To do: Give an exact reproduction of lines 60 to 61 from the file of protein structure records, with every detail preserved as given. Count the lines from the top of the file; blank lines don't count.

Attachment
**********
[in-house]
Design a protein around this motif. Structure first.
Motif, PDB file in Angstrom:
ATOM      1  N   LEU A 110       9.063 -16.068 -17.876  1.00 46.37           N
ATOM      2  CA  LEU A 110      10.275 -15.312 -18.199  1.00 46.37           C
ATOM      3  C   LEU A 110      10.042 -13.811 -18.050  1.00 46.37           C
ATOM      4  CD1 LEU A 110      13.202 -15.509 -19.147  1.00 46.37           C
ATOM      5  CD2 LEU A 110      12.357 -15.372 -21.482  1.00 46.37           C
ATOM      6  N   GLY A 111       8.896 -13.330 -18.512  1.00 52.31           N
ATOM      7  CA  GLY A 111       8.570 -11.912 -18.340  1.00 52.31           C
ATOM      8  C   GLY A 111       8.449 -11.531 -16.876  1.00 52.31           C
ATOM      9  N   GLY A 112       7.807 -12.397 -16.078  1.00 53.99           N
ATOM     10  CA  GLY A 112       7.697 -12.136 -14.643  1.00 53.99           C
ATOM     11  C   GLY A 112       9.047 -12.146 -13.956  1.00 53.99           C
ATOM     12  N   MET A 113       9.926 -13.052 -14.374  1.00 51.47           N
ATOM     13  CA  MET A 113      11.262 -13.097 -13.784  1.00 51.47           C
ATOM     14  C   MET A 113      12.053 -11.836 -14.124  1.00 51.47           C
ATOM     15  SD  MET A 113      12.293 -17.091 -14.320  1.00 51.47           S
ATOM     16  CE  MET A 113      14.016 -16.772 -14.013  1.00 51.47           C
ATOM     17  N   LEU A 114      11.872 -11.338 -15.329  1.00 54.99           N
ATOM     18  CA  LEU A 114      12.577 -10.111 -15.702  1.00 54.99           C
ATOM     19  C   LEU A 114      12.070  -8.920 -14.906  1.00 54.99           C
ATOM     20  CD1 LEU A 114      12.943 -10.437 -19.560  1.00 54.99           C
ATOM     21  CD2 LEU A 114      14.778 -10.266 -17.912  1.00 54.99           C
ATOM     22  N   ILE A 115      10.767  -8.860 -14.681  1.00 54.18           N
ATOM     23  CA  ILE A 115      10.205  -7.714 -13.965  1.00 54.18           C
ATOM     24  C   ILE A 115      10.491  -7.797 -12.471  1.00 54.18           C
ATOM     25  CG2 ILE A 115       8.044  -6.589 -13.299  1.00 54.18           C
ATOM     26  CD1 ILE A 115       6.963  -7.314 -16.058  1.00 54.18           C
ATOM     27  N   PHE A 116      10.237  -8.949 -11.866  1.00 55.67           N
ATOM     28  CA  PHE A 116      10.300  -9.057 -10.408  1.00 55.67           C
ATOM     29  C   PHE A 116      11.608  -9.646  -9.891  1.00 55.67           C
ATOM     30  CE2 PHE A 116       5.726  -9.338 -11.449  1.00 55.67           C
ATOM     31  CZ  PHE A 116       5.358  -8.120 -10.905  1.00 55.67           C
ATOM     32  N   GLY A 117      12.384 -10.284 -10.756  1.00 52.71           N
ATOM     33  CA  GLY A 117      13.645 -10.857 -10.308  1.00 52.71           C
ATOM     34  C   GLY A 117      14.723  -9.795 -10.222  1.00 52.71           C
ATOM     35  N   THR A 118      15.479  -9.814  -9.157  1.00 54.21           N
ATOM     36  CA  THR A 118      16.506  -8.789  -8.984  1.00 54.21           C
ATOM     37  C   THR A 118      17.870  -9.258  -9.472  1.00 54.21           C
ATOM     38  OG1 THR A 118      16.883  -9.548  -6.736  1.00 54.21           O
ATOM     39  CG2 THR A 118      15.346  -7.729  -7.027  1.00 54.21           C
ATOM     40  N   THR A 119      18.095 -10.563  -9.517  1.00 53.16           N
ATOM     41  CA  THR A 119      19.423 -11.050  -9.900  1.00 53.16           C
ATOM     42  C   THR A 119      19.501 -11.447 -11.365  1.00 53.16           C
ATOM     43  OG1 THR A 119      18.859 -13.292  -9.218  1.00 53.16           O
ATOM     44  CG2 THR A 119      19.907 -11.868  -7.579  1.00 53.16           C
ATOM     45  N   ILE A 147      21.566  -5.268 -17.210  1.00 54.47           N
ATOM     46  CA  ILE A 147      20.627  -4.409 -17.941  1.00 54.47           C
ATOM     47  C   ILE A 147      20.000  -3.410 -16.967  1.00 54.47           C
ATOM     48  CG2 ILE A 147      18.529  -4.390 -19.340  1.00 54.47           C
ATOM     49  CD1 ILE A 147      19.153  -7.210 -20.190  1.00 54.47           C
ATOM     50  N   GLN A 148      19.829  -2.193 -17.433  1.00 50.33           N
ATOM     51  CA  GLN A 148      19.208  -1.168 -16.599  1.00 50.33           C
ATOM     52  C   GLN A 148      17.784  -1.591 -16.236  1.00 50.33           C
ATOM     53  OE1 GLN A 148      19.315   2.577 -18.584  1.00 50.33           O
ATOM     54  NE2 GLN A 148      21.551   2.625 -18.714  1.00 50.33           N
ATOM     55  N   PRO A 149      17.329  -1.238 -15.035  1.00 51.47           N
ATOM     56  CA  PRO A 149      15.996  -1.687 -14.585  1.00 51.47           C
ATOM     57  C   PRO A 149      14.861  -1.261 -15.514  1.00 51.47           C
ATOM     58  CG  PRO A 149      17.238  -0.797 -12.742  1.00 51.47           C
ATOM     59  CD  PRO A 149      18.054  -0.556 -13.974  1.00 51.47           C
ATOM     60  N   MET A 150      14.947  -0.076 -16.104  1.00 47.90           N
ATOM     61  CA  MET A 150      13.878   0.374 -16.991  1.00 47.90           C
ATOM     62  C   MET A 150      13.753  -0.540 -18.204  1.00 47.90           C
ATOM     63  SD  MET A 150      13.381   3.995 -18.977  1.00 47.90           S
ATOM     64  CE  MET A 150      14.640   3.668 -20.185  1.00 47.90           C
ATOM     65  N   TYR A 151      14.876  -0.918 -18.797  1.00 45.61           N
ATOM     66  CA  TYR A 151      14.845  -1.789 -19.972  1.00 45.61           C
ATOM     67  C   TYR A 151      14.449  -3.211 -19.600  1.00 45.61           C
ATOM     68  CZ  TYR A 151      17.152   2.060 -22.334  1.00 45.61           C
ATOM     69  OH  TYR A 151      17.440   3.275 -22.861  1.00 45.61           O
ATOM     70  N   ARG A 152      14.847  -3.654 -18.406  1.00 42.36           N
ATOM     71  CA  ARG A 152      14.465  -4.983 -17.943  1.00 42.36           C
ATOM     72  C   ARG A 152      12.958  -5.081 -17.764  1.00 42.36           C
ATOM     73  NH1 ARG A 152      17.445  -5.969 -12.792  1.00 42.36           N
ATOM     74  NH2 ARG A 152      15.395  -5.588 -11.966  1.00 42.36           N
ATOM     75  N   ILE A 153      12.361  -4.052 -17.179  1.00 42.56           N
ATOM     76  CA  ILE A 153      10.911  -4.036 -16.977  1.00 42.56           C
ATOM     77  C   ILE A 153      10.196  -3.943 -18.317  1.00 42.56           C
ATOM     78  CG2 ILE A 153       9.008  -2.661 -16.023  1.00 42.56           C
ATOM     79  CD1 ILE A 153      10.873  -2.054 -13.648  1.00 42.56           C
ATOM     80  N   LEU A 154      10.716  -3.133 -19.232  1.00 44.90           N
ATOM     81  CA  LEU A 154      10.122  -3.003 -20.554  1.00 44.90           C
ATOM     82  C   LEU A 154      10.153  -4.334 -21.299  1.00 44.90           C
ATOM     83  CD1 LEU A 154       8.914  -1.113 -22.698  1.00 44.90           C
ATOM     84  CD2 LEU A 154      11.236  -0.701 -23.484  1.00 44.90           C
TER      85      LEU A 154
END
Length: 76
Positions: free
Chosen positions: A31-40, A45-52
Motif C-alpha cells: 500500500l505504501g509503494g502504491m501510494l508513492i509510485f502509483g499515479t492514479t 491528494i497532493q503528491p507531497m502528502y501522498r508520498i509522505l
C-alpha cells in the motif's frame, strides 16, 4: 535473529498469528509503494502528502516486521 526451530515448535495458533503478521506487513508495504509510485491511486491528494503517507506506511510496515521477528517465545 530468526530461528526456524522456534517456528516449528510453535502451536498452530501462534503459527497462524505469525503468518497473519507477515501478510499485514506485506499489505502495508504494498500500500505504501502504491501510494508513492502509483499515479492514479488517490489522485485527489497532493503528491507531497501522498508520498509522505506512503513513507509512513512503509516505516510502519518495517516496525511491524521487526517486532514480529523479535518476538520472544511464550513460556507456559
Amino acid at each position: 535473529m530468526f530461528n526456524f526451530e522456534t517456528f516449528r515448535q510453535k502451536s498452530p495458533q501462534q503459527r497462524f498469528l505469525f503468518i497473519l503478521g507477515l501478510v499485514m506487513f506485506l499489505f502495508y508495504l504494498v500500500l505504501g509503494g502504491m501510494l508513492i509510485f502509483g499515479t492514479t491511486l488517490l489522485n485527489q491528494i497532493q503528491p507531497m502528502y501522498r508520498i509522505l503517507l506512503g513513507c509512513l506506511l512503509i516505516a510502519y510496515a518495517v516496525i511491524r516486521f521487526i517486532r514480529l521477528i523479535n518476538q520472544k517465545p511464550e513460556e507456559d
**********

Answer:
ATOM     57  C   PRO A 149      14.861  -1.261 -15.514  1.00 51.47           C
ATOM     58  CG  PRO A 149      17.238  -0.797 -12.742  1.00 51.47           C